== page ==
Tuesday, March 04, 2014

CLOG: Miami


One of our intrepid correspondent's essay got picked-up by the influential architectural publication CLOG. Each quarterly issue "explores, from multiple viewpoints and various means, a single subject particularly relevant to architecture now." D.C. Copeland's A Cluster of Brown Dwarfs takes the less fawning and more critical stance in the issue that, although the region has a host of "starchitect's" buildings here, none of their completed projects or those in the foreseeable future are iconic: 

"Instead of landmark buildings— the supernovas in the SoFla starchitect constellation— palm trees, bikinis, beaches, and sweat stains will become the sole identifiers for the region. Of course, no city needs a landmark building but it's nice to have one, especially if the burg has pretensions of greatness. If SoFla is to be taken seriously as the “Gateway of the Americas,” it should demand more from the starchitects circling the current building boom. Maybe Gehry or SOM will come to the rescue when their designs for the arts building and train station are revealed. Until then, of the brown dwarfs, a possible contender as an example of “destination architecture” is Hadid’s parking garage since it reflects her futuristic, other-worldly style. While it stands out from the crowd, it’s only a parking garage— unless, of course, as a resident in the cluster, you’re proud to be living in a region famous for its parking garages."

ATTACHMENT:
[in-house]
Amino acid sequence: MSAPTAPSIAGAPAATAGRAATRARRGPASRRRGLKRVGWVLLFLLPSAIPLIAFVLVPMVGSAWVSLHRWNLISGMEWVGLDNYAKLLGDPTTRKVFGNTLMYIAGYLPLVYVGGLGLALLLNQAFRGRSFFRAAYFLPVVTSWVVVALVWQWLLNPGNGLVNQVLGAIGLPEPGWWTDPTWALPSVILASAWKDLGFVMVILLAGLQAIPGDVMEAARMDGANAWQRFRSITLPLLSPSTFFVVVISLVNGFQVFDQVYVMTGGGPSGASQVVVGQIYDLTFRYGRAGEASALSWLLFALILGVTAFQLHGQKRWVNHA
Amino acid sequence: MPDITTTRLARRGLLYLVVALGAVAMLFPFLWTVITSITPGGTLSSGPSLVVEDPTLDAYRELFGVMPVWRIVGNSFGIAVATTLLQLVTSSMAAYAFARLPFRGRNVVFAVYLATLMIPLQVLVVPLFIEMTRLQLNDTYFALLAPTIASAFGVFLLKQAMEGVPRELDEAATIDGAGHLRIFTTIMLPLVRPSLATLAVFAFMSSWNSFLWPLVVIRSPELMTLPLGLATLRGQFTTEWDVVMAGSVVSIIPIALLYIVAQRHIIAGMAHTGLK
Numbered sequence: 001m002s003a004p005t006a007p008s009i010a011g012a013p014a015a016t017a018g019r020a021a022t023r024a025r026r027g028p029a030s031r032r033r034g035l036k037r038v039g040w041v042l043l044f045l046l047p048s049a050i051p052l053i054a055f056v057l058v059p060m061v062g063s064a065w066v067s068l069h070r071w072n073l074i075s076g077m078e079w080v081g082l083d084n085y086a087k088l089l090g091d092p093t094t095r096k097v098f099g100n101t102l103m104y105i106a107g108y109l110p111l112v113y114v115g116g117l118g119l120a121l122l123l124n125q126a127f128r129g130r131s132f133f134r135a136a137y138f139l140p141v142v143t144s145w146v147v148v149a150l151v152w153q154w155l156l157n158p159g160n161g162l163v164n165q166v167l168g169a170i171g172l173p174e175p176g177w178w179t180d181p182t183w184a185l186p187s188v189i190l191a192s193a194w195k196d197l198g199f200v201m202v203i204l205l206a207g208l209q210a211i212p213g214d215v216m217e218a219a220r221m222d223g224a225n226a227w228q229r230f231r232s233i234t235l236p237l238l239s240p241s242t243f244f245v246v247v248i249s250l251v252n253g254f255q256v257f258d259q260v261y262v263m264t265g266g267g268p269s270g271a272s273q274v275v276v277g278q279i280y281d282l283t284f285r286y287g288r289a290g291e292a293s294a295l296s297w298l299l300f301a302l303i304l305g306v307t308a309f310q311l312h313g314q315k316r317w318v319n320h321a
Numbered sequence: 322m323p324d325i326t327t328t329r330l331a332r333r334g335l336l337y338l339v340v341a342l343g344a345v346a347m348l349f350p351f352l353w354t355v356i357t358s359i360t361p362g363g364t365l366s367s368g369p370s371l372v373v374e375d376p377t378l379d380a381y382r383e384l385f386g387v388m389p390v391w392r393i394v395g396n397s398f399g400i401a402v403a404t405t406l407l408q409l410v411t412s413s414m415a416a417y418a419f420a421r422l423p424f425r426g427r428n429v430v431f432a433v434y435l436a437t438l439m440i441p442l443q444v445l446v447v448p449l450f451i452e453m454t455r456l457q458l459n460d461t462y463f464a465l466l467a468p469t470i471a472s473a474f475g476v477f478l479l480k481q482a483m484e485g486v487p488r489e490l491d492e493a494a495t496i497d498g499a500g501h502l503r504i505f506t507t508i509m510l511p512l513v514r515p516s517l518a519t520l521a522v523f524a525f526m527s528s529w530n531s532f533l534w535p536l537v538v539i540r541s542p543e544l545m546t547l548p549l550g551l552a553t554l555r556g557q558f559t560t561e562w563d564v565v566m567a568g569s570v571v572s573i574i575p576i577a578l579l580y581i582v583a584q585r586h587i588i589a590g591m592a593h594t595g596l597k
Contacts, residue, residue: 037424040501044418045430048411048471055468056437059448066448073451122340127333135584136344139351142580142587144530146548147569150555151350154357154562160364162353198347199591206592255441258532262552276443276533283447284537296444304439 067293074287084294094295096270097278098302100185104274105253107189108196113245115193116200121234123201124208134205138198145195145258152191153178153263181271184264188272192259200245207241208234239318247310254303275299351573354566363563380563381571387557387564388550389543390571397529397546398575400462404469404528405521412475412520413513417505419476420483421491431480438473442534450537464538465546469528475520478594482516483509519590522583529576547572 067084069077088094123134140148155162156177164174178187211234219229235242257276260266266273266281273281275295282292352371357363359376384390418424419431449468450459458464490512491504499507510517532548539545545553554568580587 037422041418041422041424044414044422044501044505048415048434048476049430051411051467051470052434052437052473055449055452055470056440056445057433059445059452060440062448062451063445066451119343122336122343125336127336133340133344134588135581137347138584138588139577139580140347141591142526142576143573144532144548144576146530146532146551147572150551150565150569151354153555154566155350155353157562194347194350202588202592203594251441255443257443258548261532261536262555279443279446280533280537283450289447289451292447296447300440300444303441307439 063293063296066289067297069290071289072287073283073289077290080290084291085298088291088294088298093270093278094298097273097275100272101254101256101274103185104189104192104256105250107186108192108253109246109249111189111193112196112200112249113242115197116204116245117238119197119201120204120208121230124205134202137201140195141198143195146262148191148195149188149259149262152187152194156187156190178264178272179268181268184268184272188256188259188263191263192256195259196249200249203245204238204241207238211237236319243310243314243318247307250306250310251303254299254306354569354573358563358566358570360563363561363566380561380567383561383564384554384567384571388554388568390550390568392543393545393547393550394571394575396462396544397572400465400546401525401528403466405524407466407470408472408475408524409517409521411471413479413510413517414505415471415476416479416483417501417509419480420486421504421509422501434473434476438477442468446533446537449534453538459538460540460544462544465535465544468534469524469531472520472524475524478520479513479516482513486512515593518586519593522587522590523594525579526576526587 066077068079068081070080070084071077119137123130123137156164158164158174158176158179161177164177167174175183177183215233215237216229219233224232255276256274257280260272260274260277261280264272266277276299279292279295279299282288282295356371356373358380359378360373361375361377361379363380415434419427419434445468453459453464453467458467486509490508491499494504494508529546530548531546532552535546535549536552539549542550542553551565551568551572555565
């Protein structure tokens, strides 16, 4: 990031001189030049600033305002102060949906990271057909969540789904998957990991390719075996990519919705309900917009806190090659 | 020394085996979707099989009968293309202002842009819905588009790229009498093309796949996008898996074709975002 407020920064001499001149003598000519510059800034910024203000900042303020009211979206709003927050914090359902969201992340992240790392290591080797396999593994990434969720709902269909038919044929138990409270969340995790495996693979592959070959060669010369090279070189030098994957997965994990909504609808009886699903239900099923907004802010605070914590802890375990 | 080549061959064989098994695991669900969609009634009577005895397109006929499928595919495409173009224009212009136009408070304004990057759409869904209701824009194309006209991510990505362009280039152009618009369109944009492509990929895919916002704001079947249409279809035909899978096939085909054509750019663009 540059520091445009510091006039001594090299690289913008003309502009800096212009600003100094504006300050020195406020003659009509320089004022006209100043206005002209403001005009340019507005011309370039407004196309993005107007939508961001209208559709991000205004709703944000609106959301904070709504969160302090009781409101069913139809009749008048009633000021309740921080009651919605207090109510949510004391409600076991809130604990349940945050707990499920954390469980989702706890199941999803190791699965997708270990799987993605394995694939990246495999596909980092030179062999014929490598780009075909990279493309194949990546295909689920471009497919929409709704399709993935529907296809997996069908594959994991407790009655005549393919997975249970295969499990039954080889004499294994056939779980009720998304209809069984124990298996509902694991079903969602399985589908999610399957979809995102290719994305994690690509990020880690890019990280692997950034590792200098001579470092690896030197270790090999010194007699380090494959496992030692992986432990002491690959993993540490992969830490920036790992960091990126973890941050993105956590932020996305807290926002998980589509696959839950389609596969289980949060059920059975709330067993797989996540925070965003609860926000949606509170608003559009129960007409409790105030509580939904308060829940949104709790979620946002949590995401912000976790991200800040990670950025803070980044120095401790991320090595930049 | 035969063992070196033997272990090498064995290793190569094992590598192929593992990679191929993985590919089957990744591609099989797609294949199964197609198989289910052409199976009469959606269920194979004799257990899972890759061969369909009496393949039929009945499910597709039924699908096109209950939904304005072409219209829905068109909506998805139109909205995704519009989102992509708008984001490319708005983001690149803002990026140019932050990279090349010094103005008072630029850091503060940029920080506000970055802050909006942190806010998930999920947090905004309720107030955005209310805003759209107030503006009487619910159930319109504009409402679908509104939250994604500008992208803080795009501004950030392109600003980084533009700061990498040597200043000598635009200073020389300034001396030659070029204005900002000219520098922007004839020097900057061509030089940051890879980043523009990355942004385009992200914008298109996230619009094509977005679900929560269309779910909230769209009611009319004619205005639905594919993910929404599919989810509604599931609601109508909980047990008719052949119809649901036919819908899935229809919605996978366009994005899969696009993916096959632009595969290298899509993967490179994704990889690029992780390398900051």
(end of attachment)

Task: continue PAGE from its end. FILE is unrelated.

That said, Miami and Miami Beach should be thankful that such a well-respected publication sought to highlight the region for this issue. It's a visual tour de force and includes essays by such luminaries in the field as architect Andrés Duany, a founder of the New Urbanism  movement and the guiding hand behind the Miami21 zoning code whose essay is titled "Miami is the Best City of its Age;" Chad Oppenheim (whose work we love); Terrence Riley (an architect and once director of the old Miami Art Musuem who we took to task for choosing Herzog & de Meuron as architects for the new Miami Art Museum); and a host of other academics and practitioners of the art and science of the profession.  CLOG: Miami is a unique touchstone to the region's architectural past, present, and future and is worth a buy for anyone interested in our man-made skyline and the power and politics of architecture.

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